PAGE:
Opinions: Just Google Them


I arrived a few minutes late to the finale of the Trinity Mainstage production of “The Wolves” on Saturday night, only to be bombarded by talks of Cambodian dictators and feminine hygiene products. I was, so to speak, thrown into the “wolves’ den.” Little did I know that the actual wolves’ den would not be on the main stage, but rather in the comments section of Georgie Riggs’s Trinitonian article entitled “Let’s Throw it to ‘The Wolves.’ ”

Now, I am not here to defend the opinions of the writer of this article, but rather her right to have them. I do not, by any means, agree with everything that she said — but I do understand where she was coming from. The writer clearly states that she is not a fan of political theatre; however, she also gives props where props are due. She highlights the aspects of the performance that she enjoyed and gave her honest take on Sarah DeLappe’s play “The Wolves.” Does the writer have the credentials to write about theatre? No. But is she entitled to her opinion? Undeniably.

Yet the comments section of her article is filled with two long and condescending “anonymous” — or as I like to call it, cowardly — rants written by people who obviously disagree. These commenters felt the need to berate her for having an opinion that doesn’t align with their own. While I was perusing these comments, I noticed a commonality. The anonymous commenters both throw around the phrase (and I’m paraphrasing here) “Google it.” How ridiculous of a retort is that? “Google it.” Google what? Her personal opinion?

One of the commenters even had the audacity to write “please do your research before you make your own conclusions,” as if the writer must consult with the internet and find at least one other opinion that validates her own. Opinions, especially about something as subjective as art and theatre, do not need to be Googled. “Google it” is a retort that should only used when a question is asked. For example, one could Google “what is an opinion?” In fact, I urge the two anonymous commenters to do this. They may be surprised at what they find.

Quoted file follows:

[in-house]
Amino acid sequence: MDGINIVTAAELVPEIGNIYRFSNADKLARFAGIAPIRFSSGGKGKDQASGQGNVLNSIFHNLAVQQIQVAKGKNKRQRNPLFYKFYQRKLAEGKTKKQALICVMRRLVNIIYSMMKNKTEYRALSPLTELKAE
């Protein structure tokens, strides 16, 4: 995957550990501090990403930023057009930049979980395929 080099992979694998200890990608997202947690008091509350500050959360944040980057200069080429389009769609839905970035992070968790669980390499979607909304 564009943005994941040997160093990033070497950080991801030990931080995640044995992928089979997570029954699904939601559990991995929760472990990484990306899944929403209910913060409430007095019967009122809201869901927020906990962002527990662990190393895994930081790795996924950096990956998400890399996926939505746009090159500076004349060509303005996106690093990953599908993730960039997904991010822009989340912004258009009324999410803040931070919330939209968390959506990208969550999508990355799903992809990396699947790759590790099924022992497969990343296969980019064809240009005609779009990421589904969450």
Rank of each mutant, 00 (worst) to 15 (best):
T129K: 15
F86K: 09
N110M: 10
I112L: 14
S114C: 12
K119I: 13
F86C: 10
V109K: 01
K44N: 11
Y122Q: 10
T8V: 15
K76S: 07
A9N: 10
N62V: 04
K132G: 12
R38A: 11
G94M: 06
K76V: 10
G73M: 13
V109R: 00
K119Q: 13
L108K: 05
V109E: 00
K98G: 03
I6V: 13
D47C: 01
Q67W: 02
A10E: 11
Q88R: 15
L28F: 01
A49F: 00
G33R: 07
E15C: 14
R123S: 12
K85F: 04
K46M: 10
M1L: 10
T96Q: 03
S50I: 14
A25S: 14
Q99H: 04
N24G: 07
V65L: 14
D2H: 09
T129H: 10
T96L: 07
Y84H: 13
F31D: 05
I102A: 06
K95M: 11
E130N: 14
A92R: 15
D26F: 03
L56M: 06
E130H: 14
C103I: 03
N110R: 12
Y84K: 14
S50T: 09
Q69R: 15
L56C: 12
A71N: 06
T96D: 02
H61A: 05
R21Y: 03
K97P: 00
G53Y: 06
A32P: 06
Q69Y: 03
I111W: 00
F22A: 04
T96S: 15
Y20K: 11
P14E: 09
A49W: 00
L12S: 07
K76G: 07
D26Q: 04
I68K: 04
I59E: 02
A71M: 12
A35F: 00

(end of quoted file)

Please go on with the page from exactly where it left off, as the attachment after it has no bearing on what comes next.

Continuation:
If Georgie Riggs’s review of “The Wolves” is your breaking point for criticism, then I suggest you develop agoraphobia and never leave your house again. I guarantee that you will encounter much worse criticism outside of the Trinity bubble because the real world doesn’t care about your feelings. Broadly speaking, no one is obligated to like someone’s work just because of the blood, sweat and tears that they put into it. There will always someone out there who will criticize everything that you do and stand for. If you are a creator or a performer, then you need to toughen up. Otherwise, you’re in the wrong line of work.

In conclusion, art is subjective and open to both interpretation and criticism. As one of the commenters said, “theatre and criticism have always been partners.” So — and this is for everyone reading — if you are criticized, take it with a grain of salt. Similarly, if someone holds an opinion that differs from your own, don’t take it personally. Art is about taste, not hard facts. Trying to make people feel inferior because they don’t hold theatre on the pretentious pedestal that you do is ridiculous. Grow some thick skin. And if you don’t know how, Google it.